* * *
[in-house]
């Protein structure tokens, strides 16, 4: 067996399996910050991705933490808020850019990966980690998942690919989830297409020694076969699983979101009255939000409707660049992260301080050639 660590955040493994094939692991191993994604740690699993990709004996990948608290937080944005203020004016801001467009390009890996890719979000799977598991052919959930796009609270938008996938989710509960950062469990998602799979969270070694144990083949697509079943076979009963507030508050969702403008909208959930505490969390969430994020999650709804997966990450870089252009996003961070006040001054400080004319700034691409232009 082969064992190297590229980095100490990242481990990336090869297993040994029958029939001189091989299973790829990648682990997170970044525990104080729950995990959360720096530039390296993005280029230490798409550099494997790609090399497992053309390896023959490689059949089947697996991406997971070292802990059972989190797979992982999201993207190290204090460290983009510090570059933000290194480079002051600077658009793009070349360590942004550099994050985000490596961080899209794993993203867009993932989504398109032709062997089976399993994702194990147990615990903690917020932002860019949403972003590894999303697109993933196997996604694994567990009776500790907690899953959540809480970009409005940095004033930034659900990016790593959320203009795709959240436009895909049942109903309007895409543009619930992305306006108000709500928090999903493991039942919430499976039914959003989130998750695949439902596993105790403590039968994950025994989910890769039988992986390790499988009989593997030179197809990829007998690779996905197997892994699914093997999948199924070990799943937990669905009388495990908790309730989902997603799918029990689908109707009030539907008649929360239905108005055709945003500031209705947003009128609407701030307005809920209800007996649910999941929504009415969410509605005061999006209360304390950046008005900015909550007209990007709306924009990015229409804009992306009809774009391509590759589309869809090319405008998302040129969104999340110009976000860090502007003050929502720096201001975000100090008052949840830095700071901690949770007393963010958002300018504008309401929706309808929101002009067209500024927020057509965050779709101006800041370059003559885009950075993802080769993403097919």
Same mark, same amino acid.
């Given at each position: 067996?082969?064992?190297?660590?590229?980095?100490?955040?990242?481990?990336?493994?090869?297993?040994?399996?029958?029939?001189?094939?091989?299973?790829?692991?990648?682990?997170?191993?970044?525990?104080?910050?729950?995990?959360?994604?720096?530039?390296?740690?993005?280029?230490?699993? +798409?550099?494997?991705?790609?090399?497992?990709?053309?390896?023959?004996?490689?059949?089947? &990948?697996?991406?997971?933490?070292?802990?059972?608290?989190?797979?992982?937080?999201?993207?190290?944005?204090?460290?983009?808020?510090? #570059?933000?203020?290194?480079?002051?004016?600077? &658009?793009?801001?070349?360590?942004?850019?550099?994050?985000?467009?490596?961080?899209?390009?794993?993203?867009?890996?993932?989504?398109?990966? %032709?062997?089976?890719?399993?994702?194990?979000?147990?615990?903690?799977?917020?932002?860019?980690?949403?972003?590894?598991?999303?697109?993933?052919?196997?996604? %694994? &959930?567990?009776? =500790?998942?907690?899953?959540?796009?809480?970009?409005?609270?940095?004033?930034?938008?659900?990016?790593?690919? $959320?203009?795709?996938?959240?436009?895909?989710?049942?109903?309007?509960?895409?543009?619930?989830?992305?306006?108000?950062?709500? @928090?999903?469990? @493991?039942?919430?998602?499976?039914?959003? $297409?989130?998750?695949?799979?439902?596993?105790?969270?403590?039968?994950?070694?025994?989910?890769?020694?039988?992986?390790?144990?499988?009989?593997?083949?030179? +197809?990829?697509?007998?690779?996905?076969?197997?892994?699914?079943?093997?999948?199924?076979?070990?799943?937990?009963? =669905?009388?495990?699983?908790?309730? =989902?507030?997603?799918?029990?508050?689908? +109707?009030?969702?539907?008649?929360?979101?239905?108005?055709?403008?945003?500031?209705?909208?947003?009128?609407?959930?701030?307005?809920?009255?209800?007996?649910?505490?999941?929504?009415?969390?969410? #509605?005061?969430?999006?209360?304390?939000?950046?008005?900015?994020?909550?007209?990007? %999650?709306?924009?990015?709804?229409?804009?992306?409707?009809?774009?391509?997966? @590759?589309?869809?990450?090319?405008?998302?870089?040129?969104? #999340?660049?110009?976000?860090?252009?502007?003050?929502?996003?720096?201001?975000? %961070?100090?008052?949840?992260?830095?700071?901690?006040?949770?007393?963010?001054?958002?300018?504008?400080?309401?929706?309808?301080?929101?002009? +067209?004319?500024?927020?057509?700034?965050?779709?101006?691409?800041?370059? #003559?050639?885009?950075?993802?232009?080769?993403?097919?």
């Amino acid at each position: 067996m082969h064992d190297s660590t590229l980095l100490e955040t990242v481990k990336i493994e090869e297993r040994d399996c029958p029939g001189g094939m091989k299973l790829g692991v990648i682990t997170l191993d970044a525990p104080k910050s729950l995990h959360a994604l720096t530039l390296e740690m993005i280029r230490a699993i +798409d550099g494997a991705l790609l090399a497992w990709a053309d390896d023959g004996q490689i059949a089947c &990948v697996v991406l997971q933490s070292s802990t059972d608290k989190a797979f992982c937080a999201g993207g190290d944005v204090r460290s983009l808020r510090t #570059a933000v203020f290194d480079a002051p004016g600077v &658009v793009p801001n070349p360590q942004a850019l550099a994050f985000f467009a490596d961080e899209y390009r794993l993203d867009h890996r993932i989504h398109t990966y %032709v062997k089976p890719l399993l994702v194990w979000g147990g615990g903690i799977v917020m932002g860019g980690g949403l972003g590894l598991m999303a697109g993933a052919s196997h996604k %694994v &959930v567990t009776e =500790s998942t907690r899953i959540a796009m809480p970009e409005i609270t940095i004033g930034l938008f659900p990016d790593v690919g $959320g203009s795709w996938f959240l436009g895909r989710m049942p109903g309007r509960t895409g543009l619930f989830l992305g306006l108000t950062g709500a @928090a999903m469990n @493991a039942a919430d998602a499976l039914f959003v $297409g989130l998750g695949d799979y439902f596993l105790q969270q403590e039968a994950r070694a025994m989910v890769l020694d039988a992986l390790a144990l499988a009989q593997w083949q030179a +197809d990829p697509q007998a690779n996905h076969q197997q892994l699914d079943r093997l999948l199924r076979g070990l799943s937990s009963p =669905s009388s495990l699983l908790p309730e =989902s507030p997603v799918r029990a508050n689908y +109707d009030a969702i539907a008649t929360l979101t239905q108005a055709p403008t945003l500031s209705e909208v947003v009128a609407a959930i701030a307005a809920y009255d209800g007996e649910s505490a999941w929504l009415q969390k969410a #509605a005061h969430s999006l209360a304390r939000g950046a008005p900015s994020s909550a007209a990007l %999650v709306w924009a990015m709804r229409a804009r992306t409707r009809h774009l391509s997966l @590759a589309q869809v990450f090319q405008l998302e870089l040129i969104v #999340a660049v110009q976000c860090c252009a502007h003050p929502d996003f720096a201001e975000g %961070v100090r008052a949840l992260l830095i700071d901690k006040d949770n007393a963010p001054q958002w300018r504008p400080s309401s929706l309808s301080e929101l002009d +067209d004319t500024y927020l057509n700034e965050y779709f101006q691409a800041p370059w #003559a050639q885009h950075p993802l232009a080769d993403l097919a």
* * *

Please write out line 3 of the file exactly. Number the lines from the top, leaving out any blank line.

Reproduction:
Same mark, same amino acid.